Misplaced by History: Artists Worth Knowing, No.1
Tammis Keefe (1913-1960) was an American textile designer best known for her playful and innovative graphic designs on handkerchiefs, kitchen towels and scarves.
Born in Los Angeles, Keefe originally studied mathematics. She shifted her focus to art after visiting Chicago’s Art Institute while on a trip to the 1933-34 World’s Fair. Returning to Los Angeles she studied painting at the Chouinard Art School. During WWII, Keefe created advertising design and packaging as the Art Director of Arts & Architecture magazine.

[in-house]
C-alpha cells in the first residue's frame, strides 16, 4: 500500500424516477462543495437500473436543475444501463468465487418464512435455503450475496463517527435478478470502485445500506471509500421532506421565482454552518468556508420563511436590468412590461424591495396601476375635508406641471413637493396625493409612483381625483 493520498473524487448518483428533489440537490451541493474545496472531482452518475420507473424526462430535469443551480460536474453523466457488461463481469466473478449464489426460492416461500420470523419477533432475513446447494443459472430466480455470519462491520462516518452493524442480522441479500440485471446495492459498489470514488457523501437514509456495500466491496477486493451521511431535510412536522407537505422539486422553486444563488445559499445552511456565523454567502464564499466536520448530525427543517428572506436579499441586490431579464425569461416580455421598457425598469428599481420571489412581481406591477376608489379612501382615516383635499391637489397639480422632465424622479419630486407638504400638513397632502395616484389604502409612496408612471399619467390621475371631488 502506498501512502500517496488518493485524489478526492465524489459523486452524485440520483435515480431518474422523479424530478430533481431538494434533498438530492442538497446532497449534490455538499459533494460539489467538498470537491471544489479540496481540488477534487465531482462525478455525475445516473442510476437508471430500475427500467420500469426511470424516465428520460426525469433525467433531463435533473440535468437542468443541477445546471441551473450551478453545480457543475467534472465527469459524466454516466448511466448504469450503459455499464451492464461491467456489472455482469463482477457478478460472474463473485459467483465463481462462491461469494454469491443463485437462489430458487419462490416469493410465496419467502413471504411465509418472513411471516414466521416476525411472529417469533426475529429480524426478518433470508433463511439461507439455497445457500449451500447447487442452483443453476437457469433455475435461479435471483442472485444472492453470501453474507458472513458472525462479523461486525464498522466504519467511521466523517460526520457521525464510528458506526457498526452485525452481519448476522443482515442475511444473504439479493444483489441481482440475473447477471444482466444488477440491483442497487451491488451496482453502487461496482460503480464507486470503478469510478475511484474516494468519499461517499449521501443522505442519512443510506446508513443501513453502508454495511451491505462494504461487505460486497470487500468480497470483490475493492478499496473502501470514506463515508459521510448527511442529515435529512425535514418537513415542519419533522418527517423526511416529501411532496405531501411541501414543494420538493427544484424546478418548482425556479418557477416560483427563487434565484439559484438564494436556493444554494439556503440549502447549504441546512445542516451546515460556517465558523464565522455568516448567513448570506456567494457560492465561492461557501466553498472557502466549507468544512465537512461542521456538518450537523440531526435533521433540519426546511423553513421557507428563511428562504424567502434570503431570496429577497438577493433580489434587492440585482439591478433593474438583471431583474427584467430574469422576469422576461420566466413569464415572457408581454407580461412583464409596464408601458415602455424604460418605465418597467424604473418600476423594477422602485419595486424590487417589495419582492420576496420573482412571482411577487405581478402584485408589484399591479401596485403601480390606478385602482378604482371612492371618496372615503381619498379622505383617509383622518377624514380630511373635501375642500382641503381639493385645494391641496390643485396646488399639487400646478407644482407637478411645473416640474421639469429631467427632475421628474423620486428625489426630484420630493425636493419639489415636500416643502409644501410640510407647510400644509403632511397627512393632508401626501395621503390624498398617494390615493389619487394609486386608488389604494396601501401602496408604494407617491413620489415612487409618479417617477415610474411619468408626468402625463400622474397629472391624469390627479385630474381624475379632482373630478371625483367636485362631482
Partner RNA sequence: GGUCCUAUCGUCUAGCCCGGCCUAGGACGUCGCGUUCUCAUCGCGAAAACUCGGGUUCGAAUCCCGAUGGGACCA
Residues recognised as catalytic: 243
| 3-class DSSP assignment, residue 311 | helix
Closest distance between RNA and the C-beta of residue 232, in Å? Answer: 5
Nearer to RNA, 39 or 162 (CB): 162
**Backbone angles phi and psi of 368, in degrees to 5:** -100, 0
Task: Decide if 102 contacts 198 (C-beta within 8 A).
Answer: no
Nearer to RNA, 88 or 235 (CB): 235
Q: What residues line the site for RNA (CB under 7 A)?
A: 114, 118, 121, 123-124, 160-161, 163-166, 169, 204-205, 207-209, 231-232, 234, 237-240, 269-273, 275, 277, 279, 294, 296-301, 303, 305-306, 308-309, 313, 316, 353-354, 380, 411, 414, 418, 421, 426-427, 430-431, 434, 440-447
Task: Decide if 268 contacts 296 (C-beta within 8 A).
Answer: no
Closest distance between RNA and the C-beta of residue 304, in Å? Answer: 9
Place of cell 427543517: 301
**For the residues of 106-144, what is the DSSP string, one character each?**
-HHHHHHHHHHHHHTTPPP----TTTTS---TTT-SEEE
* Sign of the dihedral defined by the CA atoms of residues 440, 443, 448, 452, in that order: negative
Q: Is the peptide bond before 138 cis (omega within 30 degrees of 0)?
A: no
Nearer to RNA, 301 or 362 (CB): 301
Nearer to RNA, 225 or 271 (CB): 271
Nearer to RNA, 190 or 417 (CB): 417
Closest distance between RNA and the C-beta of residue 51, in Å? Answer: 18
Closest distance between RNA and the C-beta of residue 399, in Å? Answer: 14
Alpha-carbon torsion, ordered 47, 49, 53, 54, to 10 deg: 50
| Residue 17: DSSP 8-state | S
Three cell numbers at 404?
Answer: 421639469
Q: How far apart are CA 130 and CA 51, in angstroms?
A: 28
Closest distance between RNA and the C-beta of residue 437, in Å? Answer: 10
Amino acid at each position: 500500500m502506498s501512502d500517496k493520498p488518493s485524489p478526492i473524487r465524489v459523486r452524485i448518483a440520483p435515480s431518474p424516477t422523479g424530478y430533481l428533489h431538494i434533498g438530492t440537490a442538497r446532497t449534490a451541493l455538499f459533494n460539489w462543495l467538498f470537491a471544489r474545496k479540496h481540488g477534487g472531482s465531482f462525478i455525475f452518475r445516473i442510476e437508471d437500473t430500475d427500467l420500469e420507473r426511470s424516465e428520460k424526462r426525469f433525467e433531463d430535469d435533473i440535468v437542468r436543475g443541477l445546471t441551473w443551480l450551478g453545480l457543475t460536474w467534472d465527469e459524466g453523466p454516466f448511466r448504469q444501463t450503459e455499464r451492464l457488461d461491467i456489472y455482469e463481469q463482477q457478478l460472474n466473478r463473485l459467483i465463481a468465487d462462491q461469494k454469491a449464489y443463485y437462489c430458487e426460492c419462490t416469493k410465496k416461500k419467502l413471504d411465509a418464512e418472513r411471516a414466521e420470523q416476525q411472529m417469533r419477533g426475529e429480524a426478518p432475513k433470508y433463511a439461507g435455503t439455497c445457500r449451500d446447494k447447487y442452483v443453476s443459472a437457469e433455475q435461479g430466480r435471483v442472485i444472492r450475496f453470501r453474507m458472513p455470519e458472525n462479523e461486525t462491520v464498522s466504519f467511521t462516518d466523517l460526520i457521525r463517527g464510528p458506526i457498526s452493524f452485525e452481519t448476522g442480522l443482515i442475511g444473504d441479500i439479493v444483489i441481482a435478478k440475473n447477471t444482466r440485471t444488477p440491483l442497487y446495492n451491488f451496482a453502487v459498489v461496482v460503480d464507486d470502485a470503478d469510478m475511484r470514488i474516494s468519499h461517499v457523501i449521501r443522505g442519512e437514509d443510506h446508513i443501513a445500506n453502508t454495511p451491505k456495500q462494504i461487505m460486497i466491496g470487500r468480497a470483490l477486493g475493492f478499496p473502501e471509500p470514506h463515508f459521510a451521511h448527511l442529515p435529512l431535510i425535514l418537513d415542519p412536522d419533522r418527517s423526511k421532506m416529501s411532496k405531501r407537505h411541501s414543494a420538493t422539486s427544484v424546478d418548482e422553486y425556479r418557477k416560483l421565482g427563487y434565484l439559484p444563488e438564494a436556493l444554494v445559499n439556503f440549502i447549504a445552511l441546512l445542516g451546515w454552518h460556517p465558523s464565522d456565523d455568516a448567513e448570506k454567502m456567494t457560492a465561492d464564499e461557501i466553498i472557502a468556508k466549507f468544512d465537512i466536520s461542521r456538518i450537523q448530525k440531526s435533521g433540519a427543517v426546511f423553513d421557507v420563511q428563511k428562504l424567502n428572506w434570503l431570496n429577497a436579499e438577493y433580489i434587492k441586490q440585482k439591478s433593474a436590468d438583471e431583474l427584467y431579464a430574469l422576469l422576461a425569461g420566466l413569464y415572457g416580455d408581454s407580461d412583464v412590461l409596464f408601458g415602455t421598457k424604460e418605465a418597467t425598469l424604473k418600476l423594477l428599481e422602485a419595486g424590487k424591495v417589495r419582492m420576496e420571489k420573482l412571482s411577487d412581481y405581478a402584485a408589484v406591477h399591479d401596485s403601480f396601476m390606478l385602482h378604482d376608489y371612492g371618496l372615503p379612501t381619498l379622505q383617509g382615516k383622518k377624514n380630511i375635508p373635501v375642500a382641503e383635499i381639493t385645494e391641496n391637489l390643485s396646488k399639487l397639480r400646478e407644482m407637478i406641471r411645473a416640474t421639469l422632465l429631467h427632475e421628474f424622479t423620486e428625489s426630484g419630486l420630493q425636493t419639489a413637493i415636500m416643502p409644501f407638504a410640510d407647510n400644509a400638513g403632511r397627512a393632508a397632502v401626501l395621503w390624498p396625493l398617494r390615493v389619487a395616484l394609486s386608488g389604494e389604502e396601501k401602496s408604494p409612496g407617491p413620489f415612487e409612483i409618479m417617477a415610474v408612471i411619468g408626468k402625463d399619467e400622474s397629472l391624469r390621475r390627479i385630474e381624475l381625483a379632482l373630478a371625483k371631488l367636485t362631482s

Keefe’s whimsical designs were often inspired by her travels. Many were mini travel guides, showing highlights of attractions not to be missed. Her work also celebrated a love of nature and animals, antique furniture, weather vanes, and holidays. Her exuberant imagination knew no bounds. She also produced designs for home furnishing textiles, glassware, sportswear shirts, shower curtains, and much more.
Keefe was one of the first women to sign her name conspicuously on her work and to achieve name recognition. Before her death at age forty-six, she produced approximately four hundred designs for handkerchiefs and at least one hundred for dishtowels, all featuring her trademark unexpected color and subtle wit.
Keefe’s works, which are prized by collectors, can be found at The Metropolitan Museum of Art,the Cooper Hewitt and the Museum at the Fashion Institute of Technology.